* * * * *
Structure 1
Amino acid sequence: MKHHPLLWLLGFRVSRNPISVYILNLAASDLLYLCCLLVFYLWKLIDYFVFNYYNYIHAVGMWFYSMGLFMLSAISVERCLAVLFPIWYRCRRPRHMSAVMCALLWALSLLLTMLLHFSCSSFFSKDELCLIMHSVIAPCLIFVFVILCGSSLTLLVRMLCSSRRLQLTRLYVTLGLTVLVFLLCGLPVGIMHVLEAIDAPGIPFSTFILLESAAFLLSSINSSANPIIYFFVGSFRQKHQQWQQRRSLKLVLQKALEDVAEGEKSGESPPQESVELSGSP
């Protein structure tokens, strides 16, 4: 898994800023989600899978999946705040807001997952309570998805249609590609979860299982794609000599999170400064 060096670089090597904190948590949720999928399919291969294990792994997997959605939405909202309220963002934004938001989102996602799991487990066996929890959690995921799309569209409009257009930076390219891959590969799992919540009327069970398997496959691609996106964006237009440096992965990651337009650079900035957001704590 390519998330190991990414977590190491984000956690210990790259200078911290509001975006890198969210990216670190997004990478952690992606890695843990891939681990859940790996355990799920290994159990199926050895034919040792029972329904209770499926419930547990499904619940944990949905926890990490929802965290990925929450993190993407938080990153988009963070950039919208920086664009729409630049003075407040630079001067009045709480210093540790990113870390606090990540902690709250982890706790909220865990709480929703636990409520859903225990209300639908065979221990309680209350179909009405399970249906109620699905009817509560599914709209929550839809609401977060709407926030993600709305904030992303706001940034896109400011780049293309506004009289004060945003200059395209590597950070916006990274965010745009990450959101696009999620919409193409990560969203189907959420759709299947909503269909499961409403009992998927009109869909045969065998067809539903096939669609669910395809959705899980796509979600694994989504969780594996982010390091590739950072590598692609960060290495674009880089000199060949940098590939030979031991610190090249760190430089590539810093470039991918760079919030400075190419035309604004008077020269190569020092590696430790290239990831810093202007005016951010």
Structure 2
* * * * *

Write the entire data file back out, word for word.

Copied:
Structure 1
Amino acid sequence: MKHHPLLWLLGFRVSRNPISVYILNLAASDLLYLCCLLVFYLWKLIDYFVFNYYNYIHAVGMWFYSMGLFMLSAISVERCLAVLFPIWYRCRRPRHMSAVMCALLWALSLLLTMLLHFSCSSFFSKDELCLIMHSVIAPCLIFVFVILCGSSLTLLVRMLCSSRRLQLTRLYVTLGLTVLVFLLCGLPVGIMHVLEAIDAPGIPFSTFILLESAAFLLSSINSSANPIIYFFVGSFRQKHQQWQQRRSLKLVLQKALEDVAEGEKSGESPPQESVELSGSP
């Protein structure tokens, strides 16, 4: 898994800023989600899978999946705040807001997952309570998805249609590609979860299982794609000599999170400064 060096670089090597904190948590949720999928399919291969294990792994997997959605939405909202309220963002934004938001989102996602799991487990066996929890959690995921799309569209409009257009930076390219891959590969799992919540009327069970398997496959691609996106964006237009440096992965990651337009650079900035957001704590 390519998330190991990414977590190491984000956690210990790259200078911290509001975006890198969210990216670190997004990478952690992606890695843990891939681990859940790996355990799920290994159990199926050895034919040792029972329904209770499926419930547990499904619940944990949905926890990490929802965290990925929450993190993407938080990153988009963070950039919208920086664009729409630049003075407040630079001067009045709480210093540790990113870390606090990540902690709250982890706790909220865990709480929703636990409520859903225990209300639908065979221990309680209350179909009405399970249906109620699905009817509560599914709209929550839809609401977060709407926030993600709305904030992303706001940034896109400011780049293309506004009289004060945003200059395209590597950070916006990274965010745009990450959101696009999620919409193409990560969203189907959420759709299947909503269909499961409403009992998927009109869909045969065998067809539903096939669609669910395809959705899980796509979600694994989504969780594996982010390091590739950072590598692609960060290495674009880089000199060949940098590939030979031991610190090249760190430089590539810093470039991918760079919030400075190419035309604004008077020269190569020092590696430790290239990831810093202007005016951010």
Structure 2